The cornerstone of a great customer experience is good customer service. This is where money transfer business Azimo believes it gets some of the best value from embracing reviews.
Its Head of Digital Marketing, Laura Bent, points out that in addition to reviews showing a brand is willing to have a transparent, open and honest relationship with its customers, there is also a lot to learn from what customers are saying.
The brand carries out regular Net Promoter Score studies to understand what consumers are thinking about its products and services, but these are, by definition, internal reviews. By displaying ratings on its home page, she believes Azimo is able to join in a conversation with consumers and show that it is willing to deal with any issues that arise.
“Reviews and ratings are a great tool for both listening to our customers and then acting on those insights,” she says.
“We show ratings in real time and so if a customer has a concern we can deal with it there and then. That’s very useful for showing that we’re not just there to show five-star ratings, but we’re also actively looking to address problems and put them right. It’s the best way to be open and honest but also helpful.”
Azimo displays customer reviews prominently on its website.
8. Conclusion– Unlocking digital word of mouth
Success for financial services providers is no longer guaranteed by being a familiar name. Across every financial services niche, consumers are being offered a plethora of products and services by disruptors focusing on a better customer experience and personalisation of services.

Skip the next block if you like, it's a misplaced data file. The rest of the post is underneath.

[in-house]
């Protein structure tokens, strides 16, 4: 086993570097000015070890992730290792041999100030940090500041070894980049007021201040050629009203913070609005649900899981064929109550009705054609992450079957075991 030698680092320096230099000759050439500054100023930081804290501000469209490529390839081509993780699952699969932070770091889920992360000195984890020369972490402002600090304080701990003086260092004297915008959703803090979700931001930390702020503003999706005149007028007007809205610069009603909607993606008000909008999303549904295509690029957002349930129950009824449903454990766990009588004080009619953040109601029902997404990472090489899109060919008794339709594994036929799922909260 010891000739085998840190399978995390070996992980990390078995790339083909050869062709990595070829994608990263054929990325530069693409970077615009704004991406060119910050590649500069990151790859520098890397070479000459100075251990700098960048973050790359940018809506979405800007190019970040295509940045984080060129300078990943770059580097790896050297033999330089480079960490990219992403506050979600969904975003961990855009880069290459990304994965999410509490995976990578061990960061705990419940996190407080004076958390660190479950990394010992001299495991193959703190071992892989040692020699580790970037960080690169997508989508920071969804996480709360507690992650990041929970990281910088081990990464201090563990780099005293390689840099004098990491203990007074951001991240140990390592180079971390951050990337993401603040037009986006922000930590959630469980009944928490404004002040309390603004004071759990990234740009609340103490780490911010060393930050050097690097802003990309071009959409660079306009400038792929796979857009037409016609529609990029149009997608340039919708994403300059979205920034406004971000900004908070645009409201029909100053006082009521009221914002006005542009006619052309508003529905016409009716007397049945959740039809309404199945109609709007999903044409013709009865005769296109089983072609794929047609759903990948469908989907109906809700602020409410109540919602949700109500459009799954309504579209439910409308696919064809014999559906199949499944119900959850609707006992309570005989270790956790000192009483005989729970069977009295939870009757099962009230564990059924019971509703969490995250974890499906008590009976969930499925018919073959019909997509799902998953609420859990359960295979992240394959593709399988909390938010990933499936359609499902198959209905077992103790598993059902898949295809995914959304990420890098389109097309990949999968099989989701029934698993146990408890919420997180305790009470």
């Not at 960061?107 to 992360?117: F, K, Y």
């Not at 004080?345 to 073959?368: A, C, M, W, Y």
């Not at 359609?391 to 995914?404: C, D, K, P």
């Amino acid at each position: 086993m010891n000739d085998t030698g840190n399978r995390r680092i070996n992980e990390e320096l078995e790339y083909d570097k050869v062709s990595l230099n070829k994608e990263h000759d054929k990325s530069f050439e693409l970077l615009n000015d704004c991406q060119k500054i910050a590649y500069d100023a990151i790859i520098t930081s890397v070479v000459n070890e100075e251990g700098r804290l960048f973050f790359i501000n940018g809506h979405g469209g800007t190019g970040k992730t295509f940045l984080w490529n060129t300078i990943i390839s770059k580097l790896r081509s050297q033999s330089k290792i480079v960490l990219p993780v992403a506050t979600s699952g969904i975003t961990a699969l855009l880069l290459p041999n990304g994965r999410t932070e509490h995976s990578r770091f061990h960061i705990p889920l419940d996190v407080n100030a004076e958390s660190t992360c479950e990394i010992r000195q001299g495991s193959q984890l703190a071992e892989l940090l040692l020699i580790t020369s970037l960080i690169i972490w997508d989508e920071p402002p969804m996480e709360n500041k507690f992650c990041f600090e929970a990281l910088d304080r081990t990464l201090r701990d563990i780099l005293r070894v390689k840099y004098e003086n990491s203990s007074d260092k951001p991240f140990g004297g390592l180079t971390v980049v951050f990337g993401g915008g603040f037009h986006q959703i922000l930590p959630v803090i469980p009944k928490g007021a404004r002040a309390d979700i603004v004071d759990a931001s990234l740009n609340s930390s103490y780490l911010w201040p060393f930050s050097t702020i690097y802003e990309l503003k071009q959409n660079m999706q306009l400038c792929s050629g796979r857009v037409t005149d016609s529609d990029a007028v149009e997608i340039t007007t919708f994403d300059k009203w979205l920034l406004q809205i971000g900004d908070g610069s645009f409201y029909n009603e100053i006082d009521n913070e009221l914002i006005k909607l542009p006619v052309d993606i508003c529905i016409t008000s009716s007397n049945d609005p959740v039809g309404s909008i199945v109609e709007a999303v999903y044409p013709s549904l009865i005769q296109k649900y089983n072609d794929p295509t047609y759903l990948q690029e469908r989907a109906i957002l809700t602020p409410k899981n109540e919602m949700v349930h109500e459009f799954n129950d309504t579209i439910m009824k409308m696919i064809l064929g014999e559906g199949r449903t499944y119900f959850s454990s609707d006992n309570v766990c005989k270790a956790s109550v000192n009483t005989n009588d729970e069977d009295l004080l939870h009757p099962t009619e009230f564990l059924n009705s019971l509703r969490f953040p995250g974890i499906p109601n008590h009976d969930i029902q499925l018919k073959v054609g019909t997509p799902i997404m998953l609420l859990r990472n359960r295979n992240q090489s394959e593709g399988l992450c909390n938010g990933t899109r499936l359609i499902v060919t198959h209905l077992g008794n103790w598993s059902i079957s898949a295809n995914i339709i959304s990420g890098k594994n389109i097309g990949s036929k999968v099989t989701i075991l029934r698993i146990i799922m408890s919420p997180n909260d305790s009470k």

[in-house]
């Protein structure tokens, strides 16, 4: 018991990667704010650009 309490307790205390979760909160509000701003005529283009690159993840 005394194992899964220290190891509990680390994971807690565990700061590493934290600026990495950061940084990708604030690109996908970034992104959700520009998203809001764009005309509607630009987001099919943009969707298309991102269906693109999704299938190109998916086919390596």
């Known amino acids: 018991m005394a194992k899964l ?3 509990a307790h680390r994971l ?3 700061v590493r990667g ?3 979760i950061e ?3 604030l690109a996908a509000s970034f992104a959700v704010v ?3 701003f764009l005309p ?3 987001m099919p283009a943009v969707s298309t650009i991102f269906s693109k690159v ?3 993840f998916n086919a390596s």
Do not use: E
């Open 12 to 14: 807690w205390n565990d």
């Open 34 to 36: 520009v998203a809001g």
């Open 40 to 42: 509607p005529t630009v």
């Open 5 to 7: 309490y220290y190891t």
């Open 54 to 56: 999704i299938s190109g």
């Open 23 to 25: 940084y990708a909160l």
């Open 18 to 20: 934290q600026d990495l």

And yet the old-fashioned way in which people have traditionally selected financial brands they trust is still alive and well. The big change is that word of mouth is now accompanied by its digital equivalent, ratings and reviews.
These are far more influential in consumer decisions than traditional and digital advertising channels and are second only in building trust to a brand’s own website.
A home page with ratings prominently displayed, then, combines the two most effective ways of showing consumers that people trust a brand. If a company is open and transparent in its relationship with the public, it will happily point to what people are saying about it in real time.
Atom Bank displays its five-star Trustpilot rating above the fold on its home page.
Methodology & Acknowledgements
London Research was commissioned by Trustpilot to carry out a survey of 1,000 nationally representative consumers in January 2019. The sample comprised 200 respondents in five different countries: the UK, the US, France, the Netherlands and Italy. The survey was conducted using a Toluna research panel. London Research also carried out interviews for this report.
London Research and Trustpilot would like to thank the following people for their insights.
Sanjit Badhan, consultant and former Head of CRM, TransferGo
Laura Bent, Head of Digital Marketing, Azimo
Neil Costello, Head of Marketing, Atom Bank
Firas Khnaisser, Head of Decisioning, Standard Life
Duncan Leslie, Head of Product Experience, Hargreaves Lansdown